A slowly improving economy and gradually easing credit market figure as the biggest influences in franchising in 2010.Morereadily available loans make purchasing a franchise possible for more people,saysfranchisingconsultantMichaelSeidof WestHartford, Conn. And lingering high unemployment and uncertain employment will continue to make owning a franchise look like a way out of the employment rat race.
"People will start to look at alternatives," says Seid. "The natural alternative is the great American dream of business ownership. That's when franchising starts to become attractive." Seid, who bases his forecast on experience in franchising during past recessions, says continuing tight credit makes this one different. But he expects banks to start lending again."Once that happens," he says,"then we're back in a normalrecovery cyclefor franchising and small business development."
Demographic and other trends will play major roles in deciding which opportunities will be the ones to watch. Seid expects to see robust interest from consumers and franchisees in child and elder care, moderately priced but high quality family dining, and medical care.
Investors stung by market downturns and suspicious of Wall Street scandals are looking closely at owning businesses as investing alternatives, Seid continues. That should fuel growth of multi-unit franchise organizations.
Finally,he expects major consumer brands that have previously relied on corporate-owned locations to get into franchising in a big way. Seid says he's already working with some, although hewon't name names."These are major brands thatyou likely shop at every day," he says. "They're in retail, high tech and a whole slew of places."
With so many opportunities, there are myriad franchises that seem to be weathering a tough economy and appealing to consumers'needs. Take Anytime Fitness. The Hastings,Minn., health club franchiser expanded from 593 to 958 locations in 2008. In January 2009, it opened its 1,000th club, just seven years after its first. Mark Daly, national media director for the company, says Anytime Fitness is now the planet's leading co-ed fitness chain.
"We currently have more than 1,200 clubs open in 48 states, Canada, Australia, and New Zealand," Daly says. " By the end of the year, we will also have clubs open in India and Mexico -- and our expansion plans extend all across Europe, Asia, Latin American, and the Middle East."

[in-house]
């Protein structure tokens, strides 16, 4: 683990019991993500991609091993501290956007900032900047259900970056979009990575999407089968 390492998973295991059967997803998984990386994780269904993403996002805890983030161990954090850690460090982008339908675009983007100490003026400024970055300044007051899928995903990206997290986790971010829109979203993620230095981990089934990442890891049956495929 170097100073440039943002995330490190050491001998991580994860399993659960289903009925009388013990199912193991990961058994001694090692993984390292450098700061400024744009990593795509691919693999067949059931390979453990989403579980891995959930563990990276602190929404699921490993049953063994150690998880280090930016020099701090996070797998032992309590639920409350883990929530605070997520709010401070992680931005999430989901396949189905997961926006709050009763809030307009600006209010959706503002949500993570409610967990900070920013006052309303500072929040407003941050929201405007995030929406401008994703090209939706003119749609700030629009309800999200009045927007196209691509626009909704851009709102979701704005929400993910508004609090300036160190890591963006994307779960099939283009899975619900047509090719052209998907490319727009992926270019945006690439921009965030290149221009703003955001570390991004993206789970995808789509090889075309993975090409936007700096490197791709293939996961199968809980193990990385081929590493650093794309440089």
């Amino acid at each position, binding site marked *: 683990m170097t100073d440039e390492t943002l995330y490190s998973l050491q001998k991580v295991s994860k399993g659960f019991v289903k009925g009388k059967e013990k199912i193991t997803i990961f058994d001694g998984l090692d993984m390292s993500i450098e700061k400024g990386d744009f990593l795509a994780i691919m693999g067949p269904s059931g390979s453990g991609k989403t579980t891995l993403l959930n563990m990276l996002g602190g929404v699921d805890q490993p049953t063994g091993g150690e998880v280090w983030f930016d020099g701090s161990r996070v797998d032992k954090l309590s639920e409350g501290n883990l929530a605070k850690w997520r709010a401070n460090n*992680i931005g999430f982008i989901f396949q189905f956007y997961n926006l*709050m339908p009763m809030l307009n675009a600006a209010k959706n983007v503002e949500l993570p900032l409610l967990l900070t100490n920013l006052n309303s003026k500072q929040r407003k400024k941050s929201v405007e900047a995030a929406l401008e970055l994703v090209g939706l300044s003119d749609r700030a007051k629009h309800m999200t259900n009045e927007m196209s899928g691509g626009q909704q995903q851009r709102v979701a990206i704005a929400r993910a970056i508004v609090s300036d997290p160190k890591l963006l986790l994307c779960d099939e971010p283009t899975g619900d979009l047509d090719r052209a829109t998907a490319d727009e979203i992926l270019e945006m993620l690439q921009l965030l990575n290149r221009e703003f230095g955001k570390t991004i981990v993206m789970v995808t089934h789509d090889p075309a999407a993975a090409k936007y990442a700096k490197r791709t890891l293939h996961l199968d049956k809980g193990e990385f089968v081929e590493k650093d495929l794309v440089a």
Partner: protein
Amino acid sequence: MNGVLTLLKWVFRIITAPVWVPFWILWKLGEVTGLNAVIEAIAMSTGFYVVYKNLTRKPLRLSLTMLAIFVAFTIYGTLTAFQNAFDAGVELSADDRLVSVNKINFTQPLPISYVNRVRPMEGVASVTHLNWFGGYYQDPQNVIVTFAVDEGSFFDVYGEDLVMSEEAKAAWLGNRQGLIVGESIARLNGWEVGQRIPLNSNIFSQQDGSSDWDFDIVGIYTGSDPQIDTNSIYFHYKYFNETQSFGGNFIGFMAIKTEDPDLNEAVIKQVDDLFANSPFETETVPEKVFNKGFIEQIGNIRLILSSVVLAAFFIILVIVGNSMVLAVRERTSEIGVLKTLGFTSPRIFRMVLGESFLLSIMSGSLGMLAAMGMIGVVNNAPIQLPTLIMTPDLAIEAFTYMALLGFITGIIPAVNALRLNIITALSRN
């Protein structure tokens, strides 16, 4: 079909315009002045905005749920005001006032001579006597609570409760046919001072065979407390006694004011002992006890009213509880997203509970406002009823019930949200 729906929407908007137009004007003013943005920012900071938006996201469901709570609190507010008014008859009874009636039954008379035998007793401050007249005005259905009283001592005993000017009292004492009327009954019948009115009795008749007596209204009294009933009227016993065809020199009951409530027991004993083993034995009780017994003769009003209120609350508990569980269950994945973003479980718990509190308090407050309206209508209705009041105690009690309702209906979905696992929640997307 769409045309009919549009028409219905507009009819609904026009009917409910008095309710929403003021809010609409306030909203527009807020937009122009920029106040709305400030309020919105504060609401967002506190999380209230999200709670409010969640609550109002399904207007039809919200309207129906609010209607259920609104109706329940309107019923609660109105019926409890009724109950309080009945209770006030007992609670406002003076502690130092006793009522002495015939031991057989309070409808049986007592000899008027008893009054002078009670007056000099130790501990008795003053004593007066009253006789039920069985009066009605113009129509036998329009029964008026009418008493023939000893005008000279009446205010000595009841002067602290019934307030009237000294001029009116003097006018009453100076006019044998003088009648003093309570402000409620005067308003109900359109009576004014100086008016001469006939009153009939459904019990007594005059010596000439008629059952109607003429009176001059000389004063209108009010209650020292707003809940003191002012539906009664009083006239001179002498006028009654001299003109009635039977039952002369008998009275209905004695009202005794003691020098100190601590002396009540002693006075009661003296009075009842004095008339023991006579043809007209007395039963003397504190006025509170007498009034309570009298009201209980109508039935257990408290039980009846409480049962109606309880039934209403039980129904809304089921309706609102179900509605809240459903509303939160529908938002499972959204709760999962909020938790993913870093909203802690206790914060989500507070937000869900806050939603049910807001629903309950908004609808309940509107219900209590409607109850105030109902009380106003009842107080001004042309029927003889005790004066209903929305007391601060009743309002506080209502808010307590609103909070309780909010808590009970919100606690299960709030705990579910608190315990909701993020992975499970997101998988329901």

Anytime Fitness offers consumers a good fitness value with convenient hours and locations, knowledgeable staff, and in-demand equipment, Daly says. Franchisees like the chance to make a good living helping people achieve health and fitness goals. Integrated security and usage-tracking systems reduce the need for employees, improving profits. As a result, Daly says, most franchisees own two or more locations. And most are pleased with the opportunity."For two years in a row,Anytime Fitness has won top franchisee satisfaction honors from Franchise Business Review," he notes.
Another health-conscious choice is Tasti D-Lite. Tasti D-Lite isn't exactly a household name -- yet. The frozen dessert retailer has, however, been around since 1987, and its combination of taste and low calories helped it achieve near-cult status in New York, where it all began. After a private equity firm bought the company in 2007, franchising veteran and former Mail Boxes Etc. CEO Jim Amos came on board to help bring Tasti D-Lite to the world.
Amos believes Tasti D-Lite has what it takes. "It is a guilt-free indulgence, which is particularly important in these economic times, and a healthy alternative at a time when obesity has doubled over the last 30 years," says Amos, CEO and chairman of the Franklin, Tenn., franchiser.